Sir Richard, meanwhile, seemed to have little interest in his wife and left her to pursue her own ends. “We do not disagree because we seldom meet,” says a lady of her husband in the Duchess of Devonshire’s 1778 novel “The Sylph.”: “He pursues his pleasure one way, I seek mine another, and our dispositions being opposite, they are sure never to interfere with one another.” This blase resignation to her husband’s indifference seemed to suit Lady Worsley for a while; she adopted the ways of the Devonshire set, amusing herself with lovers, wine and gambling — albeit discreetly. Hypocrisy was the byword of the age, and so drunkenness and adultery were only dangerous to a woman’s social position if she was caught in the act and publicly exposed.

In 1781, Lady Worsley boldly turned her back on hypocrisy when she eloped with her lover, Maurice George Bisset, and asked her husband for a divorce. She did not fully understand that as a woman under 18th-century English law, she and all of the wealth she had brought to her marriage belonged to her husband. Sir Richard refused and, instead, brought a criminal conversation suit against Bisset for 20,000 pounds (criminal conversation covers crimes like joyriding — the unauthorized use of someone else’s property; in the 1780s a wife was property). This sum would have ruined Bisset and it seemed at first that Sir Richard could not lose, since he had more than sufficient proof of adultery.

But the case was not so straightforward as it seemed. Bisset had been a close friend of Sir Richard’s and had lived with the Worsleys at Sir Richard’s invitation. In fact, Lady Worsley’s second child was known to be Bisset’s, though Worsley had willingly given it his own name. He had also helped Bisset peep at his naked wife in the presence of a servant. This revelation drove Sir Richard from England in shame and cost him his suit. Lady Worsley and Bisset effectively won, though Lady Worsley had also won herself an irreparably blackened reputation that left her exiled from most of her former acquaintance and her family.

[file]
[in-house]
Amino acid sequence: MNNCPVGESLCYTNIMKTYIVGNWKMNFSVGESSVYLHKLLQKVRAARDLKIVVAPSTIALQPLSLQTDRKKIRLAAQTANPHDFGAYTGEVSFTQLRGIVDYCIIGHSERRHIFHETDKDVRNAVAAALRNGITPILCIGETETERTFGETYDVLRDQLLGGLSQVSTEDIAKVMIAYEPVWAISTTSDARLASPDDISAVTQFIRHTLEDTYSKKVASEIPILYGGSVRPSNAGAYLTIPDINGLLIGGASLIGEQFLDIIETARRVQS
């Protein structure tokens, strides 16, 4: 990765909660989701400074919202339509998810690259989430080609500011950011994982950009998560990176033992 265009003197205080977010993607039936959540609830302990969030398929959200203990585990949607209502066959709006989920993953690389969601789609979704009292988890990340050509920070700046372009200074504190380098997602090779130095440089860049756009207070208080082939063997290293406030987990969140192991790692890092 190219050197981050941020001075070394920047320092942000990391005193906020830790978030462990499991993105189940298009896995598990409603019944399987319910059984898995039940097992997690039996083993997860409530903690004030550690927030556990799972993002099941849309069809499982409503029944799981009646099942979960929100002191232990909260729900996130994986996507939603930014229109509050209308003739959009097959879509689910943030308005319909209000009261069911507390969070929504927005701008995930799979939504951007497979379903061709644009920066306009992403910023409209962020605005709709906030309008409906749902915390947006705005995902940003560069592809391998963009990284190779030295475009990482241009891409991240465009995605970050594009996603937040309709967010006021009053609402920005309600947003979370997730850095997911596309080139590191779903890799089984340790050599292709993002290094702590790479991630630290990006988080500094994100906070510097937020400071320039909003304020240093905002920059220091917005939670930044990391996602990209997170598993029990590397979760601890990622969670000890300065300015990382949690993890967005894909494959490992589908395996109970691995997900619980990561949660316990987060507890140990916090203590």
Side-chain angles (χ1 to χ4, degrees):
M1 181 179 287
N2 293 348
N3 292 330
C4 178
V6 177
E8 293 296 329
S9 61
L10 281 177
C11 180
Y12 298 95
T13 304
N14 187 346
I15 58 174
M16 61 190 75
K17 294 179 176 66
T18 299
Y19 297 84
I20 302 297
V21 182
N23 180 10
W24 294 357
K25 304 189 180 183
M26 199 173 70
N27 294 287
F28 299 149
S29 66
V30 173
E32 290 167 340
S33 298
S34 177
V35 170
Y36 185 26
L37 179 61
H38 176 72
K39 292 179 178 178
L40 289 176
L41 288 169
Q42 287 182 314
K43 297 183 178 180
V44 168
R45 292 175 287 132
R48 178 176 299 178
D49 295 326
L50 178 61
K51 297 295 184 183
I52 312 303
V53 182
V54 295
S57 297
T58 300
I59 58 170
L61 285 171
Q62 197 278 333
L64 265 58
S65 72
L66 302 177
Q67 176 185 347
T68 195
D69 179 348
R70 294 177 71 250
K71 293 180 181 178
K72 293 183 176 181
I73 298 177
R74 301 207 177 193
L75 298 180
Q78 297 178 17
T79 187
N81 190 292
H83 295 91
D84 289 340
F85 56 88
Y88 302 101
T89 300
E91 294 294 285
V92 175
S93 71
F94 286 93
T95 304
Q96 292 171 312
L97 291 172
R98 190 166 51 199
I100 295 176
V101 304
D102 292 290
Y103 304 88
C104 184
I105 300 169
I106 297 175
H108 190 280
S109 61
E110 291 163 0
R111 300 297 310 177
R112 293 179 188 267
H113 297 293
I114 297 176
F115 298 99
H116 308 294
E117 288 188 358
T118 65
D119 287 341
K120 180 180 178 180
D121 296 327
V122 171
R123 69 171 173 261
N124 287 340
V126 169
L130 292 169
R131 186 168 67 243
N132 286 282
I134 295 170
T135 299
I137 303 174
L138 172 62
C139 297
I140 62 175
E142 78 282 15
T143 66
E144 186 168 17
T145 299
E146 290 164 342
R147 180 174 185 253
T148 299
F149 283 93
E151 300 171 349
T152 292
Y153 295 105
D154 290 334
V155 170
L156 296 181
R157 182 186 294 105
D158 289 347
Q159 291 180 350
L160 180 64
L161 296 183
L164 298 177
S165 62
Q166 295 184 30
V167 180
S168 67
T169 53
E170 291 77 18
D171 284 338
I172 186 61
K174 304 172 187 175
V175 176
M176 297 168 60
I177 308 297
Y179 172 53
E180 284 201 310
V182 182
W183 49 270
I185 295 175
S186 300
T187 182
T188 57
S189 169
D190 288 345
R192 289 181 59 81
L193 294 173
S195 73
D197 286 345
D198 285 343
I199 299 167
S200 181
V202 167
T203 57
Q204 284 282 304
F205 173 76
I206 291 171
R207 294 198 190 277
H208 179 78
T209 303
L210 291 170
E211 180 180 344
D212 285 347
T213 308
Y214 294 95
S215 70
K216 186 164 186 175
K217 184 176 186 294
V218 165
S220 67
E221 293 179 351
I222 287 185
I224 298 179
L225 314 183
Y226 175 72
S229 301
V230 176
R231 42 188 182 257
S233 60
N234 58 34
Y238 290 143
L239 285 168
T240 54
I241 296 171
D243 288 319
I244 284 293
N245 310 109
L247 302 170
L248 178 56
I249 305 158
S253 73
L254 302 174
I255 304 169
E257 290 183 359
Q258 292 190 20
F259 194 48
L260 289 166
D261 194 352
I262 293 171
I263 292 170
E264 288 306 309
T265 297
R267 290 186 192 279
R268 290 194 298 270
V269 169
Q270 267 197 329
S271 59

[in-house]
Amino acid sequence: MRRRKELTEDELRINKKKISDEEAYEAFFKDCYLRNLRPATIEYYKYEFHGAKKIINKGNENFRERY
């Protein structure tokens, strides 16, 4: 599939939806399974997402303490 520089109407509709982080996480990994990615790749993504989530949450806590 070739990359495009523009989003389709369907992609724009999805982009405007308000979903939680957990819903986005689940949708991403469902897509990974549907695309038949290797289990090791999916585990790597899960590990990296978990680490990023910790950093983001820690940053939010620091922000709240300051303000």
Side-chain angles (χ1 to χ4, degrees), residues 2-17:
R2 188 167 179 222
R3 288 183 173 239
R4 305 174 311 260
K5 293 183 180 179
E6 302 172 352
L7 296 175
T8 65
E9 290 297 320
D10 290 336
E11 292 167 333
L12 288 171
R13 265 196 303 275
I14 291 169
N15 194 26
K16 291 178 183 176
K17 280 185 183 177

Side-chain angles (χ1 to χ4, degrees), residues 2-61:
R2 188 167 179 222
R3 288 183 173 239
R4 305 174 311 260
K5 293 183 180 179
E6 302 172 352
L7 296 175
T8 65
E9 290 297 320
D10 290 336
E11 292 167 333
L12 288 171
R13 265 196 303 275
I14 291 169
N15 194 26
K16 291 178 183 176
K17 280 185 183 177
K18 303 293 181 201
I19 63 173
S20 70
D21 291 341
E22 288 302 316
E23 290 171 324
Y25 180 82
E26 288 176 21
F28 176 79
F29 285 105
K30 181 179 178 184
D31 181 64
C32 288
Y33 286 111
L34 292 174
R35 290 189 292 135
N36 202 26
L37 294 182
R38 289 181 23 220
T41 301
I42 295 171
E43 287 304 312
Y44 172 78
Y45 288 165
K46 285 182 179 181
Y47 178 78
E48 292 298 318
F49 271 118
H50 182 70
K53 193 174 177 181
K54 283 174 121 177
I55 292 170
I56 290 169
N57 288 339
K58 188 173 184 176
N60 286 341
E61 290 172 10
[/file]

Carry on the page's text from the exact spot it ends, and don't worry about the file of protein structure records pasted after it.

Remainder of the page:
While the series of actions that comprise this tale are transfixing in their strangeness, Ms. Rubenhold gives us almost nothing of her subjects’ voices and motivations. What drove Lady Worsley to elope, a decision that was virtually guaranteed to leave her poor and outcast? What was she thinking? What was she thinking later when she began dressing in men’s riding clothes to perform wild equestrian feats for the Prince of Wales? When she married a man half her age? These absences are doubtless due in part to a lack of source material, but they also bespeak a reluctance on Ms. Rubenhold’s part to theorize her startlingly bold subject. “The Lady in Red” is an impressive feat of cultural history, but its subject, the Lady in Red herself, seems finally to elude and defy her historian, just as she eluded and defied her husband and the hypocritical morality of her age. Then again, perhaps this is Ms. Rubenhold’s restraint rather than reluctance — a willingness to let an inscrutable individual remain just that.

Emily Colette Wilkinson, who lives in Pasadena, Calif., was the 2008 winner of the Virginia Quarterly Review’s Young Reviewer’s Contest.